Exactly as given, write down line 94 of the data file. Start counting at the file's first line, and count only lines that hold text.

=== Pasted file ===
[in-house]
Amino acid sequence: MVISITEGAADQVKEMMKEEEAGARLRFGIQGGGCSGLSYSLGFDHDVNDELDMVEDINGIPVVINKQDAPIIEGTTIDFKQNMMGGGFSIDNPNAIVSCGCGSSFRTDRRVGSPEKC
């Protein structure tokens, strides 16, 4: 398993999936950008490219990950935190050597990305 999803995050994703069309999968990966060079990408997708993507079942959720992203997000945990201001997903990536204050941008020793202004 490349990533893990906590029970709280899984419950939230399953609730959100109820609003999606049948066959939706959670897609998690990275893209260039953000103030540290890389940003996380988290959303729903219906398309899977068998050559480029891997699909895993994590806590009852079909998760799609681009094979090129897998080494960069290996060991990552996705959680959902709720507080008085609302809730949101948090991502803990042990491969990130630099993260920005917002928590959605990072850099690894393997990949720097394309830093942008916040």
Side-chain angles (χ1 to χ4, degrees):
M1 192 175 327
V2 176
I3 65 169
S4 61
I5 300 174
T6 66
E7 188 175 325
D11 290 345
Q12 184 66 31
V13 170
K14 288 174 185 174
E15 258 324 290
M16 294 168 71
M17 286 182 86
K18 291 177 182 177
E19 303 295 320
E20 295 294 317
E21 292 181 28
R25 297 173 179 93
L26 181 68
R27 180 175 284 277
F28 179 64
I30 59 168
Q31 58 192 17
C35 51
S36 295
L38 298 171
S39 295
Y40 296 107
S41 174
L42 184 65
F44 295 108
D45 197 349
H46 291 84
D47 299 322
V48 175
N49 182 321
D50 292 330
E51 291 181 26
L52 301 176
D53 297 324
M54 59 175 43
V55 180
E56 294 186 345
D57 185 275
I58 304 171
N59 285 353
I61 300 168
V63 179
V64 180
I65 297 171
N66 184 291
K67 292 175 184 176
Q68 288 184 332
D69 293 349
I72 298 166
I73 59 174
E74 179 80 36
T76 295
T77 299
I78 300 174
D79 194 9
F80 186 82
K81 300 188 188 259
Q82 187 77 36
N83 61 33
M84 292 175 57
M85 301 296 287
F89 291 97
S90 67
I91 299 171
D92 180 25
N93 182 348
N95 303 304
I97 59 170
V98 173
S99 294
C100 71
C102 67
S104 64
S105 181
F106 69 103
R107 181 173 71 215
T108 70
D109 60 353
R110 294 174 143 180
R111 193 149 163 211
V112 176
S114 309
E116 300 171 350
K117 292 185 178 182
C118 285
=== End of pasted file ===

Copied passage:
E116 300 171 350